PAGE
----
It plays who, when, where I am. Maybe why.
They call it being in your “late teens.” As if your adulthood were somehow hurrying to arrive, to get past the protected pop songs of childhood and into something serious.
I’m in my late teens, in the evening, late in the year, which means it’s already darkening and cold down Main Street, with not many people walking with me towards what can be seen and heard of the sea my town looks out on. But that’s okay, because this is between me and the sea. Well, it’s probably between me and girls, not one particular sophomore at Bar Harbor High School, but girls in general. All of them that are out there on the ocean, somewhere unreachable.
And what’s playing, in my heart or my head or wherever it is we carry it in us, is César Franck’s Symphony in D minor. It’s on heavy rotation in there. I can’t remember who’d introduced me to it—it wasn’t my piano teacher mother. But on our last semiannual trek to see the relatives down in New York City, I’d acquired the LP recording of the work, conducted by Carlo Maria Giulini (entreating passionately, in the cover photo, with closed eyes and open hands) on the Angel record label (yes!). And I’d listened to it, again and again, until it had become me, and where it was I was growing up.
Passing the closed office of the Bar Harbor Times and all of the small shuttered shops, I look upwards at the blue-blacking clouds and see the wailing melody and the sad sodden chords of the Symphony’s opening movement, and I feel as though I have company, something grand which understands me, something I can’t expect from my parents, or anyone else. The music draws me like gravity down the sloping last few blocks of Main Street, past the cold shoulder of Agamont Park, to the intersection of West Street, which at its eastern end provides parking, in tourist season, for those spectating the town wharf and the Porcupine Islands on Frenchman’s Bay. (Franck was a Frenchman, though his surname reflects his Belgian-German background.)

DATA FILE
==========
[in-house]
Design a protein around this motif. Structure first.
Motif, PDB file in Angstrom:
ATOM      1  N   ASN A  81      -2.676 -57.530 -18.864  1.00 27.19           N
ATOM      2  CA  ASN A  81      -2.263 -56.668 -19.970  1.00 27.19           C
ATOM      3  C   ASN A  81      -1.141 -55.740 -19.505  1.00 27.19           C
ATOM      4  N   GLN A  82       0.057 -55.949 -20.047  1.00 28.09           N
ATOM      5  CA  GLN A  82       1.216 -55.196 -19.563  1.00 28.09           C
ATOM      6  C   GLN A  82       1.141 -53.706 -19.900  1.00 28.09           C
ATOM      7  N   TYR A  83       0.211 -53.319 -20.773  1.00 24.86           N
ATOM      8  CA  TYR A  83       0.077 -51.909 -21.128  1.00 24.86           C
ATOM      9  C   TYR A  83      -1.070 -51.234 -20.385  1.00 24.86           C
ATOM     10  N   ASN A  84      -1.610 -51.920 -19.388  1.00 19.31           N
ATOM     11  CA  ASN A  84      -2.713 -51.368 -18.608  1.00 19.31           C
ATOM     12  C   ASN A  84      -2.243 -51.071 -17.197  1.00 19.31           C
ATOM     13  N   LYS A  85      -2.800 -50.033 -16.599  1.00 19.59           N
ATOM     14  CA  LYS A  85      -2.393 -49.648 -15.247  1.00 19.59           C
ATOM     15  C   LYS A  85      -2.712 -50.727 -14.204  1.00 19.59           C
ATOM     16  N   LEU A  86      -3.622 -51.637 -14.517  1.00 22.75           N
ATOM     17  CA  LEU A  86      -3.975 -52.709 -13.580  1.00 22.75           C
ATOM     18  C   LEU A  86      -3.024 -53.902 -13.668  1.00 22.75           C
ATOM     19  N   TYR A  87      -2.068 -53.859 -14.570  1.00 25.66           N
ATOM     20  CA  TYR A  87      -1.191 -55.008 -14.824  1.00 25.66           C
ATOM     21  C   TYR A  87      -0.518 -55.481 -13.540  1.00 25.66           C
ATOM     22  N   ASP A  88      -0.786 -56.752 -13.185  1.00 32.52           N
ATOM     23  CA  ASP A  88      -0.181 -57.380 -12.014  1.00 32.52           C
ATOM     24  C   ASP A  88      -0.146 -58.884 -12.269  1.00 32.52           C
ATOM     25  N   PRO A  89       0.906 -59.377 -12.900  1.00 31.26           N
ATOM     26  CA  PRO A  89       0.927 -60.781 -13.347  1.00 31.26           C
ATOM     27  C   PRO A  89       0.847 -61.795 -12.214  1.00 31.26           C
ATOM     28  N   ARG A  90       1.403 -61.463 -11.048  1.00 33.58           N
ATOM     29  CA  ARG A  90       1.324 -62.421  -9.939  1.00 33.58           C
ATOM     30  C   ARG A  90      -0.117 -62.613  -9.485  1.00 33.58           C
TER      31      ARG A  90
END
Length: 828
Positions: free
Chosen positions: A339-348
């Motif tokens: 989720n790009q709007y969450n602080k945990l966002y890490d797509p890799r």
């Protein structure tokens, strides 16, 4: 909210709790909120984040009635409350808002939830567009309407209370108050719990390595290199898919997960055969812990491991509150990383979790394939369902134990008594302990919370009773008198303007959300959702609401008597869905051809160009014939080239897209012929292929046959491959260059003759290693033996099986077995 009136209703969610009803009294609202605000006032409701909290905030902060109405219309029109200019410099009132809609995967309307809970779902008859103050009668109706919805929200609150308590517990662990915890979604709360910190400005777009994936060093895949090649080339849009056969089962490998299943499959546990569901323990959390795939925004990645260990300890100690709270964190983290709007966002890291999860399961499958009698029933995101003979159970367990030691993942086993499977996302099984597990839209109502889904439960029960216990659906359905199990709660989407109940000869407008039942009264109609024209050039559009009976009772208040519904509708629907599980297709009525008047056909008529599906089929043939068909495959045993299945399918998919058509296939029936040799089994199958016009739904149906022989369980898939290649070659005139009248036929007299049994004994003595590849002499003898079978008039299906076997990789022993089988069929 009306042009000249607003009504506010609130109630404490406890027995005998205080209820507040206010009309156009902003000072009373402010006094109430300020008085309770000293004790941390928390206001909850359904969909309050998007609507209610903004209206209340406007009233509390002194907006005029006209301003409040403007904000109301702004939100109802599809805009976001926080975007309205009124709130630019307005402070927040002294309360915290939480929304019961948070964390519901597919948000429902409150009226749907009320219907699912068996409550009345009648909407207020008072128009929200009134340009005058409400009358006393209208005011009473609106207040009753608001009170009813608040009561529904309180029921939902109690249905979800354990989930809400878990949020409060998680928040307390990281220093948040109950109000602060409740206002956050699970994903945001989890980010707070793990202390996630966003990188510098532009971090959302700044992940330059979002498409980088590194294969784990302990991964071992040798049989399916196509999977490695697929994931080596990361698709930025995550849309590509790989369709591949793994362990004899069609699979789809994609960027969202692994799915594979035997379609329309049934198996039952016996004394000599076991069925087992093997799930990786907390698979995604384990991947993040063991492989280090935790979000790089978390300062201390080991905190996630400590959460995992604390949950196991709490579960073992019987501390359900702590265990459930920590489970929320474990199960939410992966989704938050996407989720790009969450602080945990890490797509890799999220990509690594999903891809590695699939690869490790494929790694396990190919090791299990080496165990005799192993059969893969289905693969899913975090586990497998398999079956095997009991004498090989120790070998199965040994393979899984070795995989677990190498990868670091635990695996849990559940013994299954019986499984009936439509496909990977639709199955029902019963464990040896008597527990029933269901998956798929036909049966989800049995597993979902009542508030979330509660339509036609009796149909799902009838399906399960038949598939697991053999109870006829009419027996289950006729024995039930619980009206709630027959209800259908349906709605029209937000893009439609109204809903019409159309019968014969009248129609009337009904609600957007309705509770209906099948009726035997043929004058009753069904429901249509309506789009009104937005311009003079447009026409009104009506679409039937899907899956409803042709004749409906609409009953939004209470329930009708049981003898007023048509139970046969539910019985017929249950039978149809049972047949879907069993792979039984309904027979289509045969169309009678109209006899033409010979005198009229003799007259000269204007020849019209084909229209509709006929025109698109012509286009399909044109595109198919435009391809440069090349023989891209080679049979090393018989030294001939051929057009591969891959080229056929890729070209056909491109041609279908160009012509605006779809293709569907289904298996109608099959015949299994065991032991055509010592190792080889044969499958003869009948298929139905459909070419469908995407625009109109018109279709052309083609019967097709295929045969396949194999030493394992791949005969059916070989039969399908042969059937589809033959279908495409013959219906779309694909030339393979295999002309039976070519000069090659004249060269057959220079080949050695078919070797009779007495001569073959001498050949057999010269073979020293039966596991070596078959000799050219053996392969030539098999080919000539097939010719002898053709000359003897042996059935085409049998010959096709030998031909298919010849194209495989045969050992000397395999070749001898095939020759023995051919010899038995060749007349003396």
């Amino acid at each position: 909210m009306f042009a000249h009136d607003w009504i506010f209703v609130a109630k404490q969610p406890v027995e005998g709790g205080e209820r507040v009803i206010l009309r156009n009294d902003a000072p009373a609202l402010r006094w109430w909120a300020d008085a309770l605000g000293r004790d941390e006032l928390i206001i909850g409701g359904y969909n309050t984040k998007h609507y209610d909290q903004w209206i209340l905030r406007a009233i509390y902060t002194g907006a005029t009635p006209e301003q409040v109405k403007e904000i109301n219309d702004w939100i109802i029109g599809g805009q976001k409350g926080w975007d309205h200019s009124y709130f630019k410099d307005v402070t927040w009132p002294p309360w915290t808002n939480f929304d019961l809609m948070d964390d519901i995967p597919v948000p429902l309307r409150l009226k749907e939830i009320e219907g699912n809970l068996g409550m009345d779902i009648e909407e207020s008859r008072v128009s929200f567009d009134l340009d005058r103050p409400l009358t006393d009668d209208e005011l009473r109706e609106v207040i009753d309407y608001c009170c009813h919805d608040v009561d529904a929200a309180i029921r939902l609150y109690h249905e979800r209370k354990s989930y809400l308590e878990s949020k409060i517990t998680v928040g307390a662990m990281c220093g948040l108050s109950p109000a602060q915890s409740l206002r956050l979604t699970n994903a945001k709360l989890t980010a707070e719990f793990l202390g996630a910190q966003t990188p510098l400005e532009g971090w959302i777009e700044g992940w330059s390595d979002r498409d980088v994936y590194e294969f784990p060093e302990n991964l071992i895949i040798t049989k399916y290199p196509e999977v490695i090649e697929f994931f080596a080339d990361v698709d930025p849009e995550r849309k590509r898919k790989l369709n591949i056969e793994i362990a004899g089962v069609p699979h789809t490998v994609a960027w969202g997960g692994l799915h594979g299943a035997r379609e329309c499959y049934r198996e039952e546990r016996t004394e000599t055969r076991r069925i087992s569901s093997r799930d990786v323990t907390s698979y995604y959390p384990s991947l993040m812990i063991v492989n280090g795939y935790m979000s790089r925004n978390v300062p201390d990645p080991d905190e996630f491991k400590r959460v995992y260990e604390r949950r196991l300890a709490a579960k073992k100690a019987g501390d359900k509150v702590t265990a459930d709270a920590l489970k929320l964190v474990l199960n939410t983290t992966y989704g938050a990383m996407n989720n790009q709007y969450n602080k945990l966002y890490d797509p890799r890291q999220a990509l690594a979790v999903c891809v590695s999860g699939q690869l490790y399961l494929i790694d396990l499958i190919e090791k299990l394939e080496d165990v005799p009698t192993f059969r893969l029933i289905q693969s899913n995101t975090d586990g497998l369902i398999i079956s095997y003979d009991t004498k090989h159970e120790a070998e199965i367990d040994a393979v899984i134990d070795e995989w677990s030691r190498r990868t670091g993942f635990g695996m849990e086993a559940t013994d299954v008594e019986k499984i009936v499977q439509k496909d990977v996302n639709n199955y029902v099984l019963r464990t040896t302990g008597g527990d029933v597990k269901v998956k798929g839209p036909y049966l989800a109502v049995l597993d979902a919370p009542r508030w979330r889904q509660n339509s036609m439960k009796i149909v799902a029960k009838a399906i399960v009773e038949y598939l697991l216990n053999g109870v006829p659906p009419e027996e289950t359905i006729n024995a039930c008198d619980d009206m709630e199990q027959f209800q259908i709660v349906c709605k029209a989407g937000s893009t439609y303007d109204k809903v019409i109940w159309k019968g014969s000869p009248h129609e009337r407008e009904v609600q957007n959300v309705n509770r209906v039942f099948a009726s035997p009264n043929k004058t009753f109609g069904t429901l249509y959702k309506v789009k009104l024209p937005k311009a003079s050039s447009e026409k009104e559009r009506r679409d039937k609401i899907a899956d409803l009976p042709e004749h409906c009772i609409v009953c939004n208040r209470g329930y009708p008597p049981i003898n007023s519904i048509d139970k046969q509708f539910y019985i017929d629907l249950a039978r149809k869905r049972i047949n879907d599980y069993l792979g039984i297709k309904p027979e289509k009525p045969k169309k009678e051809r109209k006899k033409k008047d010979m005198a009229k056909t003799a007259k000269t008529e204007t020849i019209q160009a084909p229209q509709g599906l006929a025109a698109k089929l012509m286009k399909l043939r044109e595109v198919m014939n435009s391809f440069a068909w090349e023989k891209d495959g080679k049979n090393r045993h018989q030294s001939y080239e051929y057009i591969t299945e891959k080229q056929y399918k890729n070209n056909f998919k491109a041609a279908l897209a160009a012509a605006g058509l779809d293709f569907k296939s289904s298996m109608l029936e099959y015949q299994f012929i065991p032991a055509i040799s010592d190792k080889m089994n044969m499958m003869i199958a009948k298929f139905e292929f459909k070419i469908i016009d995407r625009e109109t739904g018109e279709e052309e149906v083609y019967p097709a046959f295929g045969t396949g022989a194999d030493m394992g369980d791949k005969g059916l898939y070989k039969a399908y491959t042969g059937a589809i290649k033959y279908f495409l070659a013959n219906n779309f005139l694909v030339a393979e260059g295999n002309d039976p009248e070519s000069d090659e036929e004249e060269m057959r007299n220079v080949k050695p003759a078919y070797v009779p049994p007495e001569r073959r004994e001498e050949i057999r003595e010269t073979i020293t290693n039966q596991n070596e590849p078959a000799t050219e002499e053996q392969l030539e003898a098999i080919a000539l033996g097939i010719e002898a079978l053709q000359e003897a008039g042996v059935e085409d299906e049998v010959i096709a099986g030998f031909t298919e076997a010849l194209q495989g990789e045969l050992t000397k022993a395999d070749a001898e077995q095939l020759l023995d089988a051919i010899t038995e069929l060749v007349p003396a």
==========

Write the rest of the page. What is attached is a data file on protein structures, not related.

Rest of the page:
And there are Franck’s endless modulations, as if he were looking at his orchestra through a musical kaleidoscope, constantly turned to tumble the key signatures, even when the shuffled colors, as in this movement of the Symphony, are mostly in shades of blue. They’re like my tumbled thoughts as I amble on.
Why do I think about all these things, when it seems like no one else is bothering to? Why is it so hard for me to say what I’m thinking, to put all the different parts together so they make sense, so they can be part of something I can do something with? Why can’t I find anybody to talk about it all with, so maybe I could learn how to think about and talk about it all? Especially girls, because I’d like to be able to be with girls, and talk with them, maybe do other things with them. Why can’t I talk with my brother or Mom or Dad, about girls, and about all the other stuff? They don’t understand. And even if they did understand, they wouldn’t care. Would it be easier just to sit down and write about it? I’ve tried, but it’s not easy, and I’m always afraid that my brother or Mom or Dad will find my journal and read it and make something bad of it, because they don’t understand.
When these thoughts come through me this way, I can almost hear them, as if they were coming from someplace else, they almost sound like music. Why wasn’t I born to be a composer, like César Franck?
Where West Street ends, the Shore Path begins. Right now, it’s where the second movement of Franck’s Symphony begins. Harps and strings, and it’s so romantic, so romantic. The Shore Path is the Lovers’ Lane of Bar Harbor, Maine. You take girls out there, whether they’re tourist girls or town girls, you take them out there, at least when the weather is warm enough. And if you don’t have a car, where maybe you could just stay parked by the wharf and make out, or begin to make out, if you don’t mind some people looking at you. Out along the Shore Path, you’ve got more privacy, you’ve got the big outcrops of rock you could both sit on, right beside the water, or you could stretch out on one of the big lawns of the rich people’s summer houses, or you could find some side path into a shadowy grove of trees.
But it all leads to mystery, doesn’t it, to plucking at bra straps like the strings of those harps, hoping she likes it, hoping she likes you. Would she also need to like classical music? Or, when you’re out along the Shore Path with her, does that sort of thing really not make any difference? Can you take off all your thoughts and worries, the way you’d take off your clothes? I wonder if César Franck ever got to do that, way back then.
Written By: Jeff Kaliss
Jeff Kaliss was raised on the coast of Maine, He brought his lifelong love of music to a continuing longtime gig as journalist and author, and more recently returned to San Francisco State University to complete an MFA in Creative Writing. His Certificate in Creative Writing from CCSF is imminent.
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